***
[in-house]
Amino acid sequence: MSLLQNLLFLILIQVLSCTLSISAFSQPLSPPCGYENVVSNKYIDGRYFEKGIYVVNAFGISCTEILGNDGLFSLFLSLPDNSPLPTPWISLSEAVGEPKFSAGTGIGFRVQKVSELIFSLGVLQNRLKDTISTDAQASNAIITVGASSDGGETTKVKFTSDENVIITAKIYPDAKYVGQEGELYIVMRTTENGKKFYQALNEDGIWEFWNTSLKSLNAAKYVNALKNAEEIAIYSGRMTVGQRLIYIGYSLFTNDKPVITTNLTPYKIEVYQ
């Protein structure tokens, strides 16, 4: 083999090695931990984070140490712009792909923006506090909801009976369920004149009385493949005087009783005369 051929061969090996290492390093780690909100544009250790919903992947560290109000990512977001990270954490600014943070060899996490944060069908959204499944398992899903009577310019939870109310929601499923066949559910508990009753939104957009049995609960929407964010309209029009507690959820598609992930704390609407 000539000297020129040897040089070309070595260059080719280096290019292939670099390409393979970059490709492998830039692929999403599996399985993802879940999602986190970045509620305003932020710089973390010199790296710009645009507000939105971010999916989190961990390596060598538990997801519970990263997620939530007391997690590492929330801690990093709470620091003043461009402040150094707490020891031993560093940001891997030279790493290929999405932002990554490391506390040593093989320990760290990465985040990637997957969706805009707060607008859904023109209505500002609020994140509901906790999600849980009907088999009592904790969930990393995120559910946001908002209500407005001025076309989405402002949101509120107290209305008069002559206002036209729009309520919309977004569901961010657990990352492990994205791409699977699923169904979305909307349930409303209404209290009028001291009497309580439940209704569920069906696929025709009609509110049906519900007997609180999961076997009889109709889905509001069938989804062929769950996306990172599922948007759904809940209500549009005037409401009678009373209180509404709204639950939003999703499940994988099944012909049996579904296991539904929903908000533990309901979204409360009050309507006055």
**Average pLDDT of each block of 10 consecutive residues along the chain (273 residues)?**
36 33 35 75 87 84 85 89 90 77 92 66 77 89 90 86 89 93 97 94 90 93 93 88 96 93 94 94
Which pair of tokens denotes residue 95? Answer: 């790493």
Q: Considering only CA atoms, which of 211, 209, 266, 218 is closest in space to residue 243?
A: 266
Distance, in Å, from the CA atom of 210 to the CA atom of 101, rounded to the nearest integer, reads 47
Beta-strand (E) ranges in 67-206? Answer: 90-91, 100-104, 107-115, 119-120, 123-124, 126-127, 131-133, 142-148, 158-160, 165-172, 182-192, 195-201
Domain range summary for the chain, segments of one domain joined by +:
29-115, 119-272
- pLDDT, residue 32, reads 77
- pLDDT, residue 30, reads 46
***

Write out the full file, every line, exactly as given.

[in-house]
Amino acid sequence: MSLLQNLLFLILIQVLSCTLSISAFSQPLSPPCGYENVVSNKYIDGRYFEKGIYVVNAFGISCTEILGNDGLFSLFLSLPDNSPLPTPWISLSEAVGEPKFSAGTGIGFRVQKVSELIFSLGVLQNRLKDTISTDAQASNAIITVGASSDGGETTKVKFTSDENVIITAKIYPDAKYVGQEGELYIVMRTTENGKKFYQALNEDGIWEFWNTSLKSLNAAKYVNALKNAEEIAIYSGRMTVGQRLIYIGYSLFTNDKPVITTNLTPYKIEVYQ
């Protein structure tokens, strides 16, 4: 083999090695931990984070140490712009792909923006506090909801009976369920004149009385493949005087009783005369 051929061969090996290492390093780690909100544009250790919903992947560290109000990512977001990270954490600014943070060899996490944060069908959204499944398992899903009577310019939870109310929601499923066949559910508990009753939104957009049995609960929407964010309209029009507690959820598609992930704390609407 000539000297020129040897040089070309070595260059080719280096290019292939670099390409393979970059490709492998830039692929999403599996399985993802879940999602986190970045509620305003932020710089973390010199790296710009645009507000939105971010999916989190961990390596060598538990997801519970990263997620939530007391997690590492929330801690990093709470620091003043461009402040150094707490020891031993560093940001891997030279790493290929999405932002990554490391506390040593093989320990760290990465985040990637997957969706805009707060607008859904023109209505500002609020994140509901906790999600849980009907088999009592904790969930990393995120559910946001908002209500407005001025076309989405402002949101509120107290209305008069002559206002036209729009309520919309977004569901961010657990990352492990994205791409699977699923169904979305909307349930409303209404209290009028001291009497309580439940209704569920069906696929025709009609509110049906519900007997609180999961076997009889109709889905509001069938989804062929769950996306990172599922948007759904809940209500549009005037409401009678009373209180509404709204639950939003999703499940994988099944012909049996579904296991539904929903908000533990309901979204409360009050309507006055």
**Average pLDDT of each block of 10 consecutive residues along the chain (273 residues)?**
36 33 35 75 87 84 85 89 90 77 92 66 77 89 90 86 89 93 97 94 90 93 93 88 96 93 94 94
Which pair of tokens denotes residue 95? Answer: 């790493």
Q: Considering only CA atoms, which of 211, 209, 266, 218 is closest in space to residue 243?
A: 266
Distance, in Å, from the CA atom of 210 to the CA atom of 101, rounded to the nearest integer, reads 47
Beta-strand (E) ranges in 67-206? Answer: 90-91, 100-104, 107-115, 119-120, 123-124, 126-127, 131-133, 142-148, 158-160, 165-172, 182-192, 195-201
Domain range summary for the chain, segments of one domain joined by +:
29-115, 119-272
- pLDDT, residue 32, reads 77
- pLDDT, residue 30, reads 46